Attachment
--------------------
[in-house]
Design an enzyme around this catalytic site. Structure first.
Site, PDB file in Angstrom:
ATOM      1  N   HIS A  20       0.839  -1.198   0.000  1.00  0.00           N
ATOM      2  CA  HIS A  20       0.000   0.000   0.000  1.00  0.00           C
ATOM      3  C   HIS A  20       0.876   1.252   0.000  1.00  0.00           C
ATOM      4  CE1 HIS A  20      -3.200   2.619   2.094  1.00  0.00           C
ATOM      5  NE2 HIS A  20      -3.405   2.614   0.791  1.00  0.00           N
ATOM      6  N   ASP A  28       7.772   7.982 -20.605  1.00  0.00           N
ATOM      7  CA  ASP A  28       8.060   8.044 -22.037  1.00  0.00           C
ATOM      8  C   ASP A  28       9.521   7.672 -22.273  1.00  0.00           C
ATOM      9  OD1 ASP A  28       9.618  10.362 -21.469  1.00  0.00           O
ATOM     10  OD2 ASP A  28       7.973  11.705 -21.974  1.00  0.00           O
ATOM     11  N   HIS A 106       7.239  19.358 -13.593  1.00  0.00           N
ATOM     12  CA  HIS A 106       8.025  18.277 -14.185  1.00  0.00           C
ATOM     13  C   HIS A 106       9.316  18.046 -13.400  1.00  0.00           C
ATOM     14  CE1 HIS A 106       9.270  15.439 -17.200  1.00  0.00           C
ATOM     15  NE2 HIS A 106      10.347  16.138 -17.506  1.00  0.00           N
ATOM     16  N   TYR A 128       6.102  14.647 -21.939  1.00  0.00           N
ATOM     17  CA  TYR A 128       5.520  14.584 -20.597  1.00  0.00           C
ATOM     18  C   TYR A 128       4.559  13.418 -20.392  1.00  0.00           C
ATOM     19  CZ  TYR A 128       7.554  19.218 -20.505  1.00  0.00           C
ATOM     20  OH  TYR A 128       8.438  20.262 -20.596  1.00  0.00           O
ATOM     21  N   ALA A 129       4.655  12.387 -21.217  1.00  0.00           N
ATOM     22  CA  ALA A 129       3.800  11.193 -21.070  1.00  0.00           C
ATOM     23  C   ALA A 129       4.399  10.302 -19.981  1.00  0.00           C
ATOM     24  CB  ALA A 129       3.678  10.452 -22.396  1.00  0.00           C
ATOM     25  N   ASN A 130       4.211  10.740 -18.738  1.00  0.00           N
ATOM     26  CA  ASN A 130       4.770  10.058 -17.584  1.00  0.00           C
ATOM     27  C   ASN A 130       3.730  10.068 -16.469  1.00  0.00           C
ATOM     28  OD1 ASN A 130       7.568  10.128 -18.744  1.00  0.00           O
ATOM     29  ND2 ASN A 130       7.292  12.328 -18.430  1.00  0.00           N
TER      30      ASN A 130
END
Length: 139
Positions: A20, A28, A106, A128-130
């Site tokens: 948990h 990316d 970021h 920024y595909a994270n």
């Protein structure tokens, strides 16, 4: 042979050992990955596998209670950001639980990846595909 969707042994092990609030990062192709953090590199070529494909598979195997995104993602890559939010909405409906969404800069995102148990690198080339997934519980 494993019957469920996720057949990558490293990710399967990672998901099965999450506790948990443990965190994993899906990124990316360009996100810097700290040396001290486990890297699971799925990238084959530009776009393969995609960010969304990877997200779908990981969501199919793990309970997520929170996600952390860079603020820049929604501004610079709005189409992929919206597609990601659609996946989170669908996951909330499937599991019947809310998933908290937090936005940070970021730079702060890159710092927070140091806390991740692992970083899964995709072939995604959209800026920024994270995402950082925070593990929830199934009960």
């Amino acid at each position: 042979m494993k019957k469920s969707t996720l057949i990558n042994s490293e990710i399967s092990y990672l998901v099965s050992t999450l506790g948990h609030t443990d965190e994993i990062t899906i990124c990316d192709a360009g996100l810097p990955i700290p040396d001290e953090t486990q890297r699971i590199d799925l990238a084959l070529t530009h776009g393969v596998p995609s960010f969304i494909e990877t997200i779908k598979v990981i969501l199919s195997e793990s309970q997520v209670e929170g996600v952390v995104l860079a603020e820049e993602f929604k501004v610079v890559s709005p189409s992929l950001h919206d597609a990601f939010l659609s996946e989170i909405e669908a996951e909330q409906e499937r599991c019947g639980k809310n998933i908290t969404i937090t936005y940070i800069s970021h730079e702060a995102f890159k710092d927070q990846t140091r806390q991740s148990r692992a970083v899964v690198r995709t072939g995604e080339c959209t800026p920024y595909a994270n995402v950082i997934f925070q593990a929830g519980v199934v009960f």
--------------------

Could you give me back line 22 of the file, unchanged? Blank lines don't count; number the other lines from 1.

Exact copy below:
ATOM     19  CZ  TYR A 128       7.554  19.218 -20.505  1.00  0.00           C